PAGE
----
We stayed at the Plaza Hotel (at Temple Square) which I can recommend. They have a free shuttle to and from the airport, reasonable rates, large clean rooms with a fridge, coffee maker and microwave, outdoor pool, fitness centre, free wi-fi and a very reasonable restaurant attached to the hotel. As an example, the breakfast buffet was $5.99 for seniors over 60 with their other items all priced reasonably. The hotel is a two minute walk to the LDS library.
I am only going to discuss British Isles research here but Barbara did some North American work and found the other floors of the library to operate similarly to the British Isles floor. There are five stories to the building with the welcome area, theatre, class rooms and lunch room on the main level. The upper two floors are for North American research with the microfilms and books on separate floors. International records are on the B1 level and the British Isles on B2.
The library is organized into separate areas for micro form and book research. Books are arranged by their call number and are self service. There are large tables to use for reading and every station has an electrical outlet and wired Internet jack. Wi-fi is also available anywhere in the building. At the end of each stack is a red shelf for returning books which are the only item you don't replace yourself.
There is a map area with very large scale maps of every area of the British Isles and large tables on which to view them.
The microfilms are located in a large collection of standard microfilm cabinets and are completely self-service. You are encouraged not take more than five rolls at a time which you also return yourself when finished. The carrels are spacious with an underneath shelf for personal items, a writing area big enough for a laptop, a power outlet and a light. Special high magnification readers are available for the 16mm films which were filmed at 42X and higher but most are the normal top down type readers with manual winders.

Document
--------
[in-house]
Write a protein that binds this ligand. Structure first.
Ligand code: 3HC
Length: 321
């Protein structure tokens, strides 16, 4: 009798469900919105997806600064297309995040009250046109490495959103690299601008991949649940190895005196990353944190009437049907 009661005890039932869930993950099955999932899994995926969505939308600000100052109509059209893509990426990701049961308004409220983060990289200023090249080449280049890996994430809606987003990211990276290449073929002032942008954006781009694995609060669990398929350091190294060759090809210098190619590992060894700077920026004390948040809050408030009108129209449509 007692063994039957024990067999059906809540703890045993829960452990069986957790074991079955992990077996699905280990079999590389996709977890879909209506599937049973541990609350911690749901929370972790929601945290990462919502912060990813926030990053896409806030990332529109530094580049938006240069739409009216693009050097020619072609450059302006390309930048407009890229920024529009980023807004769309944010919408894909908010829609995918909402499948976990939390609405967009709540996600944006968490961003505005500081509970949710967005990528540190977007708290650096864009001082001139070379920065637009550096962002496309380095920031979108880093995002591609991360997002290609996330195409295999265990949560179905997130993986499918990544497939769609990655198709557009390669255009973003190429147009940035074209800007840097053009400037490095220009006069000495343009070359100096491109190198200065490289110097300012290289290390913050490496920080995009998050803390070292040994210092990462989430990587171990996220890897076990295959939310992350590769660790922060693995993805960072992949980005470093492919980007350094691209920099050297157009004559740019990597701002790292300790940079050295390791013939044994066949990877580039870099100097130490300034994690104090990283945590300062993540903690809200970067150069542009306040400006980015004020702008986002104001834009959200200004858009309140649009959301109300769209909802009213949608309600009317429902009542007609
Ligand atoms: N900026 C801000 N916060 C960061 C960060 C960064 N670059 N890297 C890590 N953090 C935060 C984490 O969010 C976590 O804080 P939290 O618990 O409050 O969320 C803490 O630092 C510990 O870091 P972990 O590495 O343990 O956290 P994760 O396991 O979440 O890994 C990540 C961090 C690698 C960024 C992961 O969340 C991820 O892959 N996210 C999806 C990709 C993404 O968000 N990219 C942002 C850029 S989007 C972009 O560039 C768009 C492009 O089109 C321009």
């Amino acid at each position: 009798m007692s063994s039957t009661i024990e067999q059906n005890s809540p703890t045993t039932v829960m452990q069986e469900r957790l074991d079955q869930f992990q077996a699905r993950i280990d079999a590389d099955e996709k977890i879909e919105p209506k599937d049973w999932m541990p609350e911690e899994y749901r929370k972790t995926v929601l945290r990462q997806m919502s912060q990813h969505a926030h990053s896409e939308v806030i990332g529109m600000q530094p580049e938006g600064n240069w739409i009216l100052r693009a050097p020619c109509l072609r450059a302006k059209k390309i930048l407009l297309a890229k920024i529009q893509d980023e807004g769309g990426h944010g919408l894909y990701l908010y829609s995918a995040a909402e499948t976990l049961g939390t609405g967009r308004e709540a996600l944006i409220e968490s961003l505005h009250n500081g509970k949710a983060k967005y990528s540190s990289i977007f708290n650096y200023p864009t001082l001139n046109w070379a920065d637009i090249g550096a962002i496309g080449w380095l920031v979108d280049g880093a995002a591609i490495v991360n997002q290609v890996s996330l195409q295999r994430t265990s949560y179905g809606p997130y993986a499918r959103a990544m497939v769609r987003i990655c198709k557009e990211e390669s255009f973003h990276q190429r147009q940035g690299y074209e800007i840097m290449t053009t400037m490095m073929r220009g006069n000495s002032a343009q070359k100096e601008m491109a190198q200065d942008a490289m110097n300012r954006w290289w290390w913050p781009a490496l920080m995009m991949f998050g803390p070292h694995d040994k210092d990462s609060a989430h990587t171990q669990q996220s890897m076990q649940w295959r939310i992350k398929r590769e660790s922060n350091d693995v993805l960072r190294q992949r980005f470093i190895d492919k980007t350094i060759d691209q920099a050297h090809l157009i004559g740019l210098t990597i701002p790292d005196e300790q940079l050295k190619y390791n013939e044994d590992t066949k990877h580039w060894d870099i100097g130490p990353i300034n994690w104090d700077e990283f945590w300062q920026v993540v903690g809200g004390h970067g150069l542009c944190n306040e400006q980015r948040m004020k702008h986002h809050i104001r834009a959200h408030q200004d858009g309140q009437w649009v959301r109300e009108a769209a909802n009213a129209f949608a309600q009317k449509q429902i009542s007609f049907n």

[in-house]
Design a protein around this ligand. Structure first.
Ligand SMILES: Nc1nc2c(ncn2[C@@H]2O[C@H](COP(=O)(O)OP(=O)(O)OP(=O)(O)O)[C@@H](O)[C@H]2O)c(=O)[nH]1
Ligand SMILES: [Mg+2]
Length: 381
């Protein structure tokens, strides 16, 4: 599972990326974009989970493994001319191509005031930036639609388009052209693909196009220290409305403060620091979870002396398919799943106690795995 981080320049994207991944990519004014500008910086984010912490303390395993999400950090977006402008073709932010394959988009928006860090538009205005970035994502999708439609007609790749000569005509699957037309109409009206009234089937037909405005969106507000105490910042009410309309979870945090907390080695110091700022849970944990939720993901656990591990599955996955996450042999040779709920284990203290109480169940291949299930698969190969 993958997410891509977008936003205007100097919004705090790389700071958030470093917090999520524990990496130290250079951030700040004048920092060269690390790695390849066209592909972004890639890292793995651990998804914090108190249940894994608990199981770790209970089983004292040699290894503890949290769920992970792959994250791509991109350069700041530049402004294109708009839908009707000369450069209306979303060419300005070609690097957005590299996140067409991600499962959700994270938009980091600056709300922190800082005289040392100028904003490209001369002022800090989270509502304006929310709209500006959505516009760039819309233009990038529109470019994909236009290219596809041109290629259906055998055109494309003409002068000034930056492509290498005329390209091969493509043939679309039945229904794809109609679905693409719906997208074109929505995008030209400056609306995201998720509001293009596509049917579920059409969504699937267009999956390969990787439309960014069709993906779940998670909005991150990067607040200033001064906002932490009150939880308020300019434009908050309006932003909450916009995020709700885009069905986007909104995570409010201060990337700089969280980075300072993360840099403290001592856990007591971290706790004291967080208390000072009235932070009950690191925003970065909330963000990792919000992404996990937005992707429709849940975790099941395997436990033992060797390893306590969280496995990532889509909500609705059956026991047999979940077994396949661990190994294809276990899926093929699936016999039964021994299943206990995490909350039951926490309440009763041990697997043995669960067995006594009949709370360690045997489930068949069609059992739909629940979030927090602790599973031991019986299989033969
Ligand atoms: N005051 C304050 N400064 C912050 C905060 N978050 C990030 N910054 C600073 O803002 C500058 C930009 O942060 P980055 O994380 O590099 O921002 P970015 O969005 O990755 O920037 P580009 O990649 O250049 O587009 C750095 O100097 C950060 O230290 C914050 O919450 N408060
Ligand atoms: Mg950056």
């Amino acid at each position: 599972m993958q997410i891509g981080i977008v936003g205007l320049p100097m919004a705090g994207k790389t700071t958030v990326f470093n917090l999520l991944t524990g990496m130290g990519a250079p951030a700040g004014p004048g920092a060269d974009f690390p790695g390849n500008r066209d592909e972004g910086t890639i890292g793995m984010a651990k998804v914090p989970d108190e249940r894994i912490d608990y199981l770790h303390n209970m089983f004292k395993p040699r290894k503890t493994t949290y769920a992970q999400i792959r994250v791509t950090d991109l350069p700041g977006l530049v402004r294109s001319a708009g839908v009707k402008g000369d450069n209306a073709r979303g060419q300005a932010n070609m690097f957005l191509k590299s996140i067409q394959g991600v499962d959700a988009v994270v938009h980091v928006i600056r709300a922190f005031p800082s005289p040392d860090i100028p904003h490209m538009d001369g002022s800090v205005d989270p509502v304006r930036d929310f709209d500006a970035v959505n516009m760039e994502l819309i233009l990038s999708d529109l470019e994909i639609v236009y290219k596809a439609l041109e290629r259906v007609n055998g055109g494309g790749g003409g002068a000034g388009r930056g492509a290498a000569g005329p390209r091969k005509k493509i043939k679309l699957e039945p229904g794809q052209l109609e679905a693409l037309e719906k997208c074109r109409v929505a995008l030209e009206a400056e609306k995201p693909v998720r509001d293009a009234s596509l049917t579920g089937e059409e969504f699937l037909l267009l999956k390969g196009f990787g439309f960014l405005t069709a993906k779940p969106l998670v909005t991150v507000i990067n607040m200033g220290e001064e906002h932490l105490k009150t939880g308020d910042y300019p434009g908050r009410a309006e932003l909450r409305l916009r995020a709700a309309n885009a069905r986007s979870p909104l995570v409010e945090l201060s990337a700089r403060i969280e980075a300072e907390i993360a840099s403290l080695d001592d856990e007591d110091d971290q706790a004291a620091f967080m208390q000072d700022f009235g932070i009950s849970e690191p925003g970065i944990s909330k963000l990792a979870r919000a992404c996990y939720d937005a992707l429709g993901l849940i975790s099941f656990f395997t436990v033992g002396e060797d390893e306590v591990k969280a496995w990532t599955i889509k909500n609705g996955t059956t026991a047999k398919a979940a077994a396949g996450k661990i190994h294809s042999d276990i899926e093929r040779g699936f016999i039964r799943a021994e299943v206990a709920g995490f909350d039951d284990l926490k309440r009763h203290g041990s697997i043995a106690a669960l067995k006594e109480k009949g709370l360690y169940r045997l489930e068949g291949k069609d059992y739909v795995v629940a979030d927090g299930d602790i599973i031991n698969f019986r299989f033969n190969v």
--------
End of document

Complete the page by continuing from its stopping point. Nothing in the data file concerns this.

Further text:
There are lots of computer work stations available everywhere in case you need to access the library catalog or any of the on-line databases such as Ancestry.com or the Godfrey Library collection.
Finally, there is a print area adjacent to the main research room with film scanners that will allow you to print to paper or copy to a flash drive. Basically, when you find an item you want to print you remove the two spools from your reader, so you don't lose your frame ,and take it to a scanner station where you load and copy it. There is no limit on the number of copies you can make but use of the reader-scanners is limited to 15 minutes at a time when they are busy. Printing costs 5 cents a page and copy cards are available from a vending machine.
To prepare myself for the trip I decided to concentrate on Uckfield and its adjacent parishes. I started by using Parish Locator (available here) to identify the parishes around Uckfield and their relative distance and direction. Although Parish Locator is used to determine the distance between two parishes there is a radius feature which I use the most.
Next, I went to Hugh Wallis' website to identify the parishes that have been extracted into the International Genealogical Index or IGI. If you are unfamiliar with the IGI, there is a great explanation of it here.
It is at the bottom of the above image and you specify the miles in the yellow window. Once you choose the Parishes within Radius button the results look like a spreadsheet but are listed alphabetically. Since I wanted them by proximity to Uckfield I chose to save the results as a CSV which can be imported into Excel where I sorted the results by distance from Uckfield.
Hugh Wallis has created a database of all IGI batch numbers by location and is available here.
As you can see from the above spreadsheet, I added a column to show the batch number associated with the parish. My objective was to concentrate on those parishes that didn't have a batch number which I could access from home.
For those parishes without a batch number, I consulted the LDS Library Catalog and printed out the film number and related information about the type of records available and periods covered so I could prioritize my research. Some records overlap civil registration which started in 1837 so there isn't much point in looking at them unless you think there might be more information available on the original. Sometimes a birth date is included whereas the IGI only records the baptism date.
The same logic applied to marriages which I could access from the Sussex Family History Group's marriage index CD. Why duplicate what I can get at home, although, I now wish I had taken the CD with me. Therefore, I concentrated on transcribing the baptisms and burials from the parishes with no batch number working our from Uckfield.
It pays to have a research strategy as you'll find your time rapidly disappearing and that 30 minute warning about closing time comes all too soon, especially when you are just starting a film. I should have mentioned earlier that the library is open from 8a-5p Monday and 8a-9p Tuesday to Saturday.